While e-cigarettes may be growing in popularity, tobacco’s usage in households and society continues to decline in the U.S. In fact, more than 80 percent of homes in the country are now smoking-free, according to the U.S. Centers for Disease Control and Prevention. Much like in offices, restaurants and other public places, large numbers of private homes have banned tobacco smoking, even in homes that contain a resident smoker.
Twenty years ago, approximately 43 percent of American homes were smoke free. The number of households who have banned smoking inside has doubled since then, with 90 percent of homes without a smoker requiring any guests who want to light up to step out. Even homes occupied by a smoker keep smoking out of doors. (Half of all homes with an adult smoker adhere to smoke-free rules too.)
One explanation for the increased number of smoke-free homes is the diminishing population of Americans who smoke. In 2012, only 18 percent of the U.S. population was smokers. That is a considerable decline from the 42 percent who smoked in 1965, according to the CDC.
Noting that it demonstrates a shift in social norms, Brian King, who served as lead author for the new CDC study, pointed out it is no longer considered to be socially acceptable behavior to smoke around non-smokers. The CDC study demonstrates the increased awareness of the hazards created by exposure to second hand smoke. Still, King said, additional progress is necessary, particularly in those homes where smokers live that have not banned internal smoking. Secondhand smoke from cigarettes kills approximately 41,000 non-smokers each year. Consequently, not smoking in homes helps protect any children and non-smokers.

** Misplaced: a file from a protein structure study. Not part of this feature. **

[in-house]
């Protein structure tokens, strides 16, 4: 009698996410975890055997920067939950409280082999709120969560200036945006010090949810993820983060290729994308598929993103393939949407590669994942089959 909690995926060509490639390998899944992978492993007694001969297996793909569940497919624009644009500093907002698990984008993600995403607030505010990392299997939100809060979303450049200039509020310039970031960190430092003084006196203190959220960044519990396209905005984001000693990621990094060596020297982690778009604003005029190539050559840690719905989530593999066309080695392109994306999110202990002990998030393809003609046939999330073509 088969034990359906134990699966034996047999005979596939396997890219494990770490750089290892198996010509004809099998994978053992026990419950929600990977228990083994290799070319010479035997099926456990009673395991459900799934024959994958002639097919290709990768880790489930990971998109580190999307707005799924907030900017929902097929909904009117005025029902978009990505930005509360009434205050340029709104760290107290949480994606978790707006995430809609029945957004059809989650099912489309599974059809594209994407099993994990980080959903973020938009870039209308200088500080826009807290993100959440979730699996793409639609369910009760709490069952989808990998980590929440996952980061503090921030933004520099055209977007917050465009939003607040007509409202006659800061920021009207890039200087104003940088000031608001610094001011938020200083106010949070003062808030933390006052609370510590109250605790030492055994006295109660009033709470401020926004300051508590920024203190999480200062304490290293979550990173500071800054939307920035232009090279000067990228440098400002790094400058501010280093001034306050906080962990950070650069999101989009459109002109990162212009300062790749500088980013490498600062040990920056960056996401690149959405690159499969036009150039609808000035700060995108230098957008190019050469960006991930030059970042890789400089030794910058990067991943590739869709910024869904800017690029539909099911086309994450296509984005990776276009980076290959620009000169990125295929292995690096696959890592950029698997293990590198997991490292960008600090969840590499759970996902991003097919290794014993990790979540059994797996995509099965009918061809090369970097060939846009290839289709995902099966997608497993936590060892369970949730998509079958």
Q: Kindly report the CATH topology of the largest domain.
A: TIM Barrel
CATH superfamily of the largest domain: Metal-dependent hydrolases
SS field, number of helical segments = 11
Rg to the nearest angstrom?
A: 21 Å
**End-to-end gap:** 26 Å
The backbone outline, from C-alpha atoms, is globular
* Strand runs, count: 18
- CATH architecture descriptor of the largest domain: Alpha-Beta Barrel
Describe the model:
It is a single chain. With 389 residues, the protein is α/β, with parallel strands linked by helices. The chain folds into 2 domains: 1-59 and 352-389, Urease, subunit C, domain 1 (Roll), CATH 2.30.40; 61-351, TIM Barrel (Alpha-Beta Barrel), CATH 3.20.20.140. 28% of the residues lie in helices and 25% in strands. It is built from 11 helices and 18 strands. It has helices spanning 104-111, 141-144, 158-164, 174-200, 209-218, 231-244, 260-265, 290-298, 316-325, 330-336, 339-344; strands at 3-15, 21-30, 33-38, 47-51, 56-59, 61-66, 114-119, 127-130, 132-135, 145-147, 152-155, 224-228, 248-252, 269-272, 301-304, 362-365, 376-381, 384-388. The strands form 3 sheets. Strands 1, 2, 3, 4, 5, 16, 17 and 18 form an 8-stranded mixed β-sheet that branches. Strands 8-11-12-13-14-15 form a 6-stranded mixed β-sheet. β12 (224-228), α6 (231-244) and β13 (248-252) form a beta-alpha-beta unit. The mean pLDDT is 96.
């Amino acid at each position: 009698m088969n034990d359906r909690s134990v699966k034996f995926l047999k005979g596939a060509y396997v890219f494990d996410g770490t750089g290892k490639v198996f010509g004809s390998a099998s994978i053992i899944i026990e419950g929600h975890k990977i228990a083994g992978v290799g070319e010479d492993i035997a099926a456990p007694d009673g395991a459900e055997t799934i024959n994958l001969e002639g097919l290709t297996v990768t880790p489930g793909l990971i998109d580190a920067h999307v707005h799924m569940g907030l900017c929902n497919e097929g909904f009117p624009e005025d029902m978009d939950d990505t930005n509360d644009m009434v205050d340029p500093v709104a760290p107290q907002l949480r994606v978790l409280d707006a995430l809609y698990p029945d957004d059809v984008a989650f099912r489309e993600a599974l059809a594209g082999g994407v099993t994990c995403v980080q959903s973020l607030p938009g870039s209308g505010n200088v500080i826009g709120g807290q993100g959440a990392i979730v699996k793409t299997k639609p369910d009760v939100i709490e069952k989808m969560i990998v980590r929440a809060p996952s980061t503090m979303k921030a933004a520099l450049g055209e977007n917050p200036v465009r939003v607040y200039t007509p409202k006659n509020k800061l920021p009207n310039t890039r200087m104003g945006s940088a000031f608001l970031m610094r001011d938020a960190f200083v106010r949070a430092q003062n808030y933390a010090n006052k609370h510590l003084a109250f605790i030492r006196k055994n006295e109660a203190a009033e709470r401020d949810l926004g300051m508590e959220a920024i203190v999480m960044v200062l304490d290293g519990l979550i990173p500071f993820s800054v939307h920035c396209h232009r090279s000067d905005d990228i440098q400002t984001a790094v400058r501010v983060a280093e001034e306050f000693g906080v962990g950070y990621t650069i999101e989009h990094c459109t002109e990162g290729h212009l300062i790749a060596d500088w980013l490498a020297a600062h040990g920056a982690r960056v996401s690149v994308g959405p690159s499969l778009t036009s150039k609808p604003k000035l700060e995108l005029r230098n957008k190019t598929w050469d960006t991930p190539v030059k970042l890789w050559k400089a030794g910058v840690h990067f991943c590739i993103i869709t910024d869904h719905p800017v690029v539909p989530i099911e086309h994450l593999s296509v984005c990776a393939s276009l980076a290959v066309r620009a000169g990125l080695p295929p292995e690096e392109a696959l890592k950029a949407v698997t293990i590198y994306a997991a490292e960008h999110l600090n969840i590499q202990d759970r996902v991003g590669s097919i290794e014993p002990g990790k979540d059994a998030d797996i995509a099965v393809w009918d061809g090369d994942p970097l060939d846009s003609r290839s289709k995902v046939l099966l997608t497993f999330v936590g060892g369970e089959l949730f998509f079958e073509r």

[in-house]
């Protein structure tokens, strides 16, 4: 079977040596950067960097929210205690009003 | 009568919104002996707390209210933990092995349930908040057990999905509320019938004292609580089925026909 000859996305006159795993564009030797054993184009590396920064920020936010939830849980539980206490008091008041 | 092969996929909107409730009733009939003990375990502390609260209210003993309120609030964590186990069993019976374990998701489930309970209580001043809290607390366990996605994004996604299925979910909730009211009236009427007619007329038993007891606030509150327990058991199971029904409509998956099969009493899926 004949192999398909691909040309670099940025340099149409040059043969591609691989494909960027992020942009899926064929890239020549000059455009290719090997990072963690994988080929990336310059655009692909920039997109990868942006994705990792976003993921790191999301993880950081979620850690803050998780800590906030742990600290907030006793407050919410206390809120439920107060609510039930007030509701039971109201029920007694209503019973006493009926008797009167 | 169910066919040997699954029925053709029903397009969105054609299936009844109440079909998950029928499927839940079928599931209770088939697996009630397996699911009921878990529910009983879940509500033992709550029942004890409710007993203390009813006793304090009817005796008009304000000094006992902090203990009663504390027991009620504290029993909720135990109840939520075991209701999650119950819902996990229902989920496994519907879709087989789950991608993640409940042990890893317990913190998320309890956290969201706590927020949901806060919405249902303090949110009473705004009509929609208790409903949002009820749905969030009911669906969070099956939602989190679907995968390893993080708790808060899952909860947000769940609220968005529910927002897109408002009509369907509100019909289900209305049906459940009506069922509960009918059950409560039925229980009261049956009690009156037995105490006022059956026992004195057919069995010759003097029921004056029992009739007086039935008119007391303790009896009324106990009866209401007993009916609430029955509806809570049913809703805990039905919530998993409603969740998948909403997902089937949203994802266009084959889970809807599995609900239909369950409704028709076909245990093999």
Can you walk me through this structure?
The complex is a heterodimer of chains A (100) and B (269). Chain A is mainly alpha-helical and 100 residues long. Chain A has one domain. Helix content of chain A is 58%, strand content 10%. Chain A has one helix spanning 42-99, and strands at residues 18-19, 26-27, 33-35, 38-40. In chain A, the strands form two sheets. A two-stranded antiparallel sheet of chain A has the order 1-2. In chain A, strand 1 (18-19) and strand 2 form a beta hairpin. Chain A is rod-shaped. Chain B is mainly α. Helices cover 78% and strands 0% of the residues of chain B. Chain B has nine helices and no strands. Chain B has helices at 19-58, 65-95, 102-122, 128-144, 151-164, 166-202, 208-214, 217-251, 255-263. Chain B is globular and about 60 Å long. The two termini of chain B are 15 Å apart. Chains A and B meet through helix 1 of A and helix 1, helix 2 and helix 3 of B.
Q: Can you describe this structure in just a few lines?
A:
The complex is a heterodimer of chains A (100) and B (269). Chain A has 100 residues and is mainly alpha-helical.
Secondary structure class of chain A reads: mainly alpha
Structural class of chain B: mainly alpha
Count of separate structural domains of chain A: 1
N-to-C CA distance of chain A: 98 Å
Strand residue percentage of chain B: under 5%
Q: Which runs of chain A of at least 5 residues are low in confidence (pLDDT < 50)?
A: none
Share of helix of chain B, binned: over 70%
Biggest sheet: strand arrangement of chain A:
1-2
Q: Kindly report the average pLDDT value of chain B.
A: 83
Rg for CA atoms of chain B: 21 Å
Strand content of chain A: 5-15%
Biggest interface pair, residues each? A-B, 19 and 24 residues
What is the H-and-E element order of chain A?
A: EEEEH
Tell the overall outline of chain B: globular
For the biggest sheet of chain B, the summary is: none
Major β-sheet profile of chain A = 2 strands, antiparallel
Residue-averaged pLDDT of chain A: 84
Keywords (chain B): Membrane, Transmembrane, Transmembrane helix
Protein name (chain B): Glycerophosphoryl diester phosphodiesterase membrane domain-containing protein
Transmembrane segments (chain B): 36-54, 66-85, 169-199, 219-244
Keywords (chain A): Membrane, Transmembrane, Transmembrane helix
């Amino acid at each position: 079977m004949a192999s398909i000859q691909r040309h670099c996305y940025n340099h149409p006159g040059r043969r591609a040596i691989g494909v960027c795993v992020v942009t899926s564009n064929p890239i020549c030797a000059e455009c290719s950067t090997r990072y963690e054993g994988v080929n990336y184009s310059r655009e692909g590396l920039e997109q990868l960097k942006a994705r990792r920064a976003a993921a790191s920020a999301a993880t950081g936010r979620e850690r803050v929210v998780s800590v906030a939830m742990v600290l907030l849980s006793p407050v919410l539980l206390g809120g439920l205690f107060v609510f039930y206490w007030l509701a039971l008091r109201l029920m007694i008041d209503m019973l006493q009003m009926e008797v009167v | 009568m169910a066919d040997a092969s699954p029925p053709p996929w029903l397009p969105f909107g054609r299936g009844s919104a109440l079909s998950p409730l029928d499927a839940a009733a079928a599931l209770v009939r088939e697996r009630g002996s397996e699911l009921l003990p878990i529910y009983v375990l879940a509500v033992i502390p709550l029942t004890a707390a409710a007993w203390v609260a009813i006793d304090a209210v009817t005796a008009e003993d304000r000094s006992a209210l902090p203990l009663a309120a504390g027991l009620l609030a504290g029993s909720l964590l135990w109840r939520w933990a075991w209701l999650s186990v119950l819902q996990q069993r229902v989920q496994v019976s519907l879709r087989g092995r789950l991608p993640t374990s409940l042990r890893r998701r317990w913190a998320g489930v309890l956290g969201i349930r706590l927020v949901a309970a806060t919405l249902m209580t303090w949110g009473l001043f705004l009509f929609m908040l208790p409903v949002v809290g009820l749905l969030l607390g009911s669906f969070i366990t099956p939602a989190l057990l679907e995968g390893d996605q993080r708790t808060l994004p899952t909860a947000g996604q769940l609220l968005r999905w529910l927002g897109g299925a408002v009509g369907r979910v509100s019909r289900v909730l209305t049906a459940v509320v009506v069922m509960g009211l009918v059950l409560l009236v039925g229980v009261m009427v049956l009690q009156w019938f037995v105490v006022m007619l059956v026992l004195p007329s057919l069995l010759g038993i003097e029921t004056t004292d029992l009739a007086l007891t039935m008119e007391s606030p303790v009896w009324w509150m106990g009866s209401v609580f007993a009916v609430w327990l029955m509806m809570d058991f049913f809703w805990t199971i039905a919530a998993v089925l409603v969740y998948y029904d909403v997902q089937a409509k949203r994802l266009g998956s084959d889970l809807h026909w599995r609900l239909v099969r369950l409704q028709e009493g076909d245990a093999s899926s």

While the CDC stats address tobacco use, they do not include any figures for marijuana use. They also do not reflect use of e-cigarettes.
Among states, Utah has the highest percentage of smoke-free homes with 93.6 percent, per the CDC. Kentucky and West Virginia had the lowest percentages of smoke-free homes at 69.4 percent.
Other Areas that Demonstrate Smoking Decline
There are still 43 million smokers in the country, although more than half acknowledge they want to quit. There have been several other initiatives of late that demonstrate the decline of smoking today as a newer cultural norm:
- CVS stores across the country stopped selling cigarettes and cigars and added smoking cessation kits as point of purchase items near cash registers. The chain, which is the nation’s second-largest drug store chain, also changed its name at their more than 7,000 stores to CVS Health. When the store announced the change, they estimated that stopping the sale of tobacco products would cut sales by $2 billion.
- An anti-smoking ad debuted during this week’s MTV Video Music Awards show that showed non-glamorous images of celebrities who smoke. Rihanna, Orlando Bloom, Lady Gaga and others were shown in ways to depict that smoking is not cool.
- The portrayal of smokers in movies and television has declined considerably, which also reflects societal changes. In 1990, the 25 biggest-grossing films averaged 3.5 smoking scenes each. By 2007, that number dropped to .23 scenes. Nowadays, smoking on screen is usually used to depict the time period (like in Mad Men or Masters of Sex) or nervous edginess (Ray Donovan).
The message that tobacco smoking is bad has been ingrained (and printed on packages) for decades. While the news is good that more homes are now free of smoking and there are cultural changes that are being made, it remains doubtful that tobacco smoking can be eliminated completely.